As the world’s best cyclists prepare for the start of the Tour de France in London, many of the world's leading sports nutritionists will meet at the University of Birmingham to draw up new guidelines to help elite athletes use nutrition and diet to improve their performance.

Nutritionists from Olympic Institutes, major European Football clubs, the main professional cycling teams and other major sports bodies, will be attending the two day Sport Nutrition Conference at the University's School of Sport and Exercise Science on July 5th and 6th.

The conference will  discuss new developments and the latest research findings on areas such as diet, training and weight management – with the aim of producing a set of guidelines to help coaches and athletes.

The conference organiser Professor Asker Jeukendrup, Director of Birmingham's Human Performance Laboratory and sports nutrition expert, comments: "Often guidelines about how to use nutrition are very vague and not very useful. We will try to be more specific and produce some guidelines that athletes and coaches can apply immediately..

 Athletes spend hours and hours training and preparing for competition but how much attention does nutrition get? Yet the right nutrition is absolutely key if athletes are to get the maximum benefit from their training. We believe that coaches and athletes need to give nutrition the same attention as physical training and mental preparation."

As part of the conference, Professor Jeukendrup will be discussing how best to provide energy and fluid for athletes during exercise. This is essential to cyclists in the Tour de France, who consume up to 15 litres of fluids per day, mainly in the form of sports drinks.

Professor Jeukendrup continues: “There have been major advances in the field of sports nutrition in recent years. Here at the University of Birmingham we have shown that using specific combinations of carbohydrates can  increase both energy and fluid delivery for athletes by up to 75% . Sports drinks manufacturers are now adopting this approach in their drinks.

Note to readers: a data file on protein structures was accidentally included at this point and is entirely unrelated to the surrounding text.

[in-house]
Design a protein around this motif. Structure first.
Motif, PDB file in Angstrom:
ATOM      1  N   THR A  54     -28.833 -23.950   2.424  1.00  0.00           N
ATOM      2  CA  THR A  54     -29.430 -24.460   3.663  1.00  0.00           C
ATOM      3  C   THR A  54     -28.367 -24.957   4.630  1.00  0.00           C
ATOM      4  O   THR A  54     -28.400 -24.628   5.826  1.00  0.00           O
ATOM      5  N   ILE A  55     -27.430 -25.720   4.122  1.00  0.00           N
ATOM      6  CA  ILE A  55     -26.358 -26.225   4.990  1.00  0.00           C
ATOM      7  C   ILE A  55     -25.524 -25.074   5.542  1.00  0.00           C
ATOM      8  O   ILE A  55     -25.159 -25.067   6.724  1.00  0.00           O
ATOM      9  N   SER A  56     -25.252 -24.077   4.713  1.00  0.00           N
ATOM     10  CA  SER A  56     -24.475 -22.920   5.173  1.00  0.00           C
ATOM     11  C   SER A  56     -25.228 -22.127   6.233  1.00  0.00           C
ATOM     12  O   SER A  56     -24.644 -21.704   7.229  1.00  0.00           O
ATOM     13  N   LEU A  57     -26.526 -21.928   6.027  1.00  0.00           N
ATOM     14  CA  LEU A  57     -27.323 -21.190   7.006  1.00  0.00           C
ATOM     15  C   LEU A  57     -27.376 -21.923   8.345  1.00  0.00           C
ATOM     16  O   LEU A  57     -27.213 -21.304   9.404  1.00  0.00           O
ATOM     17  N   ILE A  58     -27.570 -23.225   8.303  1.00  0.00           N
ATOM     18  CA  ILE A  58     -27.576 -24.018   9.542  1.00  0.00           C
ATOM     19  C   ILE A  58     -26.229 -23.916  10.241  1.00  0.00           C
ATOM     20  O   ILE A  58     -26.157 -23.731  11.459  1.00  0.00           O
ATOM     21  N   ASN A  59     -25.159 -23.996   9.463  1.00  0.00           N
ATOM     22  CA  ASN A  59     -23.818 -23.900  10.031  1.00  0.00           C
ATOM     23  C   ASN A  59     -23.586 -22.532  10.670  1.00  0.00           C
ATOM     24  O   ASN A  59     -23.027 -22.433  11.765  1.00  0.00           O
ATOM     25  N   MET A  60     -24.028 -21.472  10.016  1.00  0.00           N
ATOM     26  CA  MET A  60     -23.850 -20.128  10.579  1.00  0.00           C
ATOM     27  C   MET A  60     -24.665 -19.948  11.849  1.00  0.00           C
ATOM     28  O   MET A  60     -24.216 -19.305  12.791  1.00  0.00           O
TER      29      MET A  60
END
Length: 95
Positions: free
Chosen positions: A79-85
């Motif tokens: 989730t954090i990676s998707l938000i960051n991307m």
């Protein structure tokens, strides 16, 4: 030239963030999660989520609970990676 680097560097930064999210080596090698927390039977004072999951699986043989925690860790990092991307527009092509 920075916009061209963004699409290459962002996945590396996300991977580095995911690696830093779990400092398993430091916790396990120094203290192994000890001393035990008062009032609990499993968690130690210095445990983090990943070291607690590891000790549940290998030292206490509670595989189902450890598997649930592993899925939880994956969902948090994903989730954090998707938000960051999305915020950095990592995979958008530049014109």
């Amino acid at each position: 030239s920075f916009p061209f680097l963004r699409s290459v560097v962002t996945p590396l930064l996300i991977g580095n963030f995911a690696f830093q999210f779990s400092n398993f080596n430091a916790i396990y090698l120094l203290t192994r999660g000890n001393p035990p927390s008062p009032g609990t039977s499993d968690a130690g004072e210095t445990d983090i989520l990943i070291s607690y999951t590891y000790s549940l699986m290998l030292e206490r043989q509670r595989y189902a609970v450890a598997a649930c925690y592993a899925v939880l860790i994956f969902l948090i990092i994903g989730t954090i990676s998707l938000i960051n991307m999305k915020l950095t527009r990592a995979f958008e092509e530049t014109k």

For Tour de France riders this means that they are able to take more energy and fluid on board during the race. This may not only help their performance during a days racing, but also helps to maintain energy balance during the three weeks of the Tour.”

Other speakers include Professor Bengt Saltin, one of the world's leading physiologists who received the IOC Prize, an Olympic Gold Medal, for having made the greatest contribution to our understanding for health and performance.

The conference will be supported by Nestle PowerBar who are also an official supplier and sponsor of the Tour de France.


Media information: Ben Hill, University of Birmingham Press Officer: 0121 4145134/07789 921 163 email

Notes to Editor:

• This is an invitation only event. Anyone wishing to attend should contact the Press Office on the number above.

• The University of Birmingham’s £16.4 million School of Sport and Exercise Sciences was officially opened in June 2007 by Dame Kelly Holmes. The new building is the largest purpose built sports-science facility in the UK, containing state-of-the-art facilities for teaching and research.

• The school is one of the leading UK centres for research in performance sport, exercise physiology and sports psychology and was awarded the maximum 6* rating at the last Research Assessment Exercise. Current projects include research tackling psychological barriers to exercise, optimising nutrition and training interventions to improve performance of athletes, the chemical processes that influence diabetes and obesity, and studies of the links between stress and our immune systems.